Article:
They debated a range of possibilities, according to portions of transcripts of two FBI officials' closed-door congressional interviews obtained by CNN. On one end was the idea that Trump fired Comey at the behest of Russia. On the other was the possibility that Trump didn't have an improper relationship with the Kremlin and was acting within the bounds of his executive authority, the transcripts show.
James Baker, then-FBI general counsel, said the FBI officials were contemplating with regard to Russia whether Trump was "acting at the behest of and somehow following directions, somehow executing their will."
"That was one extreme. The other extreme is that the President is completely innocent, and we discussed that too," Baker told House investigators last year. "There's a range of things this could possibly be. We need to investigate, because we don't know whether, you know, the worst-case scenario is possibly true or the President is totally innocent and we need to get this thing over with — and so he can move forward with his agenda."
The congressional transcripts obtained by CNN reveal new details into how the FBI launched the investigation into Trump and the discussions that were going on inside the bureau during a tumultuous and pivotal period ahead of the internal investigation and special counsel Robert Mueller's appointment.
Republicans view the officials' comments as evidence that top officials at the FBI were planning all along to investigate Trump and that the probe wasn't sparked by the Comey firing, according to a Republican source with knowledge of the interviews.
While the FBI launched its investigation in the days after Comey's abrupt dismissal, the bureau had previously contemplated such a step, according to testimony from former FBI lawyer Lisa Page.
Peter Strzok, the former FBI agent who was dismissed from Mueller's team and later fired over anti-Trump text messages, texted Page in the hours after Comey's firing and said: "We need to open the case we've been waiting on now while Andy is acting," a reference to then-acting FBI Director Andrew McCabe.
Page was pressed on the meaning of the message in her interview with congressional investigators, and she confirmed that the text was related to the Russia investigation into potential collusion.
Page told lawmakers the decision to open the case was not about "who was occupying the director's chair," according to a source. While FBI lawyers limited her answers about the text, she said the text wasn't suggesting that the case couldn't be opened with Comey as director.
"It's not that it could not have been done," Page told lawmakers. "This case had been a topic of discussion for some time. The 'waiting on' was an indecision and a cautiousness on the part of the bureau with respect to what to do and whether there was sufficient predication to open."
Portions of Page's interview were first reported by The Epoch Times.
This weekend, Trump in a series of tweets attacked the FBI and Comey, calling him a "crooked cop."
In his congressional testimony, Baker said that he did not discuss with Comey the possibility that Russia had influenced his firing. But Baker met with a group of roughly a half-dozen officials, including McCabe and possibly Strzok and Page, to discuss it.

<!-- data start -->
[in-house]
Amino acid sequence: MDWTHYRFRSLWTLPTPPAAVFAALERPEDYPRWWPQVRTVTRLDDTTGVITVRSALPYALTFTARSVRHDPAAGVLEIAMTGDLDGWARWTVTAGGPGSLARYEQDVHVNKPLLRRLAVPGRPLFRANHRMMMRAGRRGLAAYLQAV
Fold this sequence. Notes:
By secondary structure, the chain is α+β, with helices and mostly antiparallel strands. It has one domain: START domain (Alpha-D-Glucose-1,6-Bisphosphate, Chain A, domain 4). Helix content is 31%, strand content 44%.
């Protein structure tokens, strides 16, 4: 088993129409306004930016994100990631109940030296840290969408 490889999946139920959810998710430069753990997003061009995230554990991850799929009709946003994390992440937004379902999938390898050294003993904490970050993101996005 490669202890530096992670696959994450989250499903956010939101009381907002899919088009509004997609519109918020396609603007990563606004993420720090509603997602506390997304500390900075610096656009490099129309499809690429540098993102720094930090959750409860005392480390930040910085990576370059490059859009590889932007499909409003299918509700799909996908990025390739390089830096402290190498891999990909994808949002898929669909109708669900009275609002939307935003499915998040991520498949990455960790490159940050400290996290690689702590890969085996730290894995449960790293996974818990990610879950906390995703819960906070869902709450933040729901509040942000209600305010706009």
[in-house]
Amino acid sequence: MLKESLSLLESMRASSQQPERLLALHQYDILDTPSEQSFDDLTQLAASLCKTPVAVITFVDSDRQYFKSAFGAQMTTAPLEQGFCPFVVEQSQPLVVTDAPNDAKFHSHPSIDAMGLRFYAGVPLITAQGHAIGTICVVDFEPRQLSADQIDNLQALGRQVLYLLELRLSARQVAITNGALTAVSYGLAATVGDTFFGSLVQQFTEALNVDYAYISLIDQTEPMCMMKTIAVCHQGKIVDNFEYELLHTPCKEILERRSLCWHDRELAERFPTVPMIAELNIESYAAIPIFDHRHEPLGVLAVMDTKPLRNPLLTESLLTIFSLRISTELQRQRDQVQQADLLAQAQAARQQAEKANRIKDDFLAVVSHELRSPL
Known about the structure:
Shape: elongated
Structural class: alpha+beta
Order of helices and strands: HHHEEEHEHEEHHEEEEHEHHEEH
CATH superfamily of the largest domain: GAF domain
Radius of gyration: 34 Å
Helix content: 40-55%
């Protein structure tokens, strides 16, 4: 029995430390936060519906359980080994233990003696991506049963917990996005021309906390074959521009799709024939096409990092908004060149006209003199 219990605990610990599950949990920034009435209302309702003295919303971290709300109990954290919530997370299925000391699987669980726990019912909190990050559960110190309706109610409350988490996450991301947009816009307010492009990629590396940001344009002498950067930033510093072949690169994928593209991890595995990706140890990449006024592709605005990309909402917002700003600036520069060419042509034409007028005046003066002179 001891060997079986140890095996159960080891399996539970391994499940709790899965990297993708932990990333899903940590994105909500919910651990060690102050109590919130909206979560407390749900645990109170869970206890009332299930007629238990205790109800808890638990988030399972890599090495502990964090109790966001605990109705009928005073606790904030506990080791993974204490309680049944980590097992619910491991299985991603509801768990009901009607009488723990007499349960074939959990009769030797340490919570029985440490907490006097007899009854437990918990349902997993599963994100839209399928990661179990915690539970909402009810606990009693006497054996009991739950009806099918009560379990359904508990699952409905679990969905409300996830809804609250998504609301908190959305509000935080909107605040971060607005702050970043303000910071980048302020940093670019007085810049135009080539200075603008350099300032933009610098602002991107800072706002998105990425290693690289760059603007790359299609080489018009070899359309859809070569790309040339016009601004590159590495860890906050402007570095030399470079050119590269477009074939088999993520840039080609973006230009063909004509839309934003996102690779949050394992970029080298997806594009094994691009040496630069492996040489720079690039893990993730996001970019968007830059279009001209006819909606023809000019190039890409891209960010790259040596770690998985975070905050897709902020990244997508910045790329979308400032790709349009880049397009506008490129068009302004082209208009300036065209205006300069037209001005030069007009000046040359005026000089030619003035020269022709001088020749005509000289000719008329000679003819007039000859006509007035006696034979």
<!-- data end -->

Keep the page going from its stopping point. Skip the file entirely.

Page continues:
"Not only would it be an issue of obstructing an investigation, but the obstruction itself would hurt our ability to figure out what the Russians had done, and that is what would be the threat to national security," Baker told lawmakers, according to an excerpt from the transcript first reported by the Times and confirmed by CNN.
Baker said the notion that Trump was acting at the behest of Russia was "discussed as a theoretical possibility."
"I'm speaking theoretically. If the President of the United States fired Jim Comey at the behest of the Russian government, that would be unlawful and unconstitutional," Baker said.
"Is that what happened here?" Rep. John Ratcliffe, a Texas Republican, asked Baker.
"I don't know," Baker responded, before the FBI lawyer cut off additional questions on that line of inquiry.
Representatives for Baker, Page, Strzok and McCabe declined to comment.
Comey's firing wasn't the only development that prompted the investigation into Trump, according to the Times, as Trump subsequently tied Comey's firing to the Russia investigation on two separate occasions before the investigation was launched, including in an NBC News interview two days after Comey's dismissal.
Republicans asked in their interviews with FBI officials questions about the fact that both Comey and McCabe kept memos detailing their conversations with Trump, a step they didn't take with President Barack Obama. Comey's memos, in which he wrote that Trump suggested Comey drop the probe into former national security adviser Michael Flynn, were leaked by a friend of Comey after his firing in an effort to spark the appointment of a special counsel.
When Page was asked about McCabe's memos, she acknowledged she had reviewed some of them, though she said it was mostly for proofreading. House Republicans issued a subpoena for McCabe's memos last year, but the Justice Department did not hand them over, according to a source familiar with the congressional investigation.
"The public comments, because they were widely broadcast, were ones that were apparent to the senior leadership team of the FBI," Comey said. "If I didn't tell the senior leadership team of the FBI about my conversation with President Trump, they wouldn't otherwise know and couldn't help me figure out what to do with what was potential obstruction of justice."
The FBI officials were interviewed as part of the Republican House investigation into the FBI's conduct in the Clinton and Trump investigations, which ended after Democrats took control of the House this month.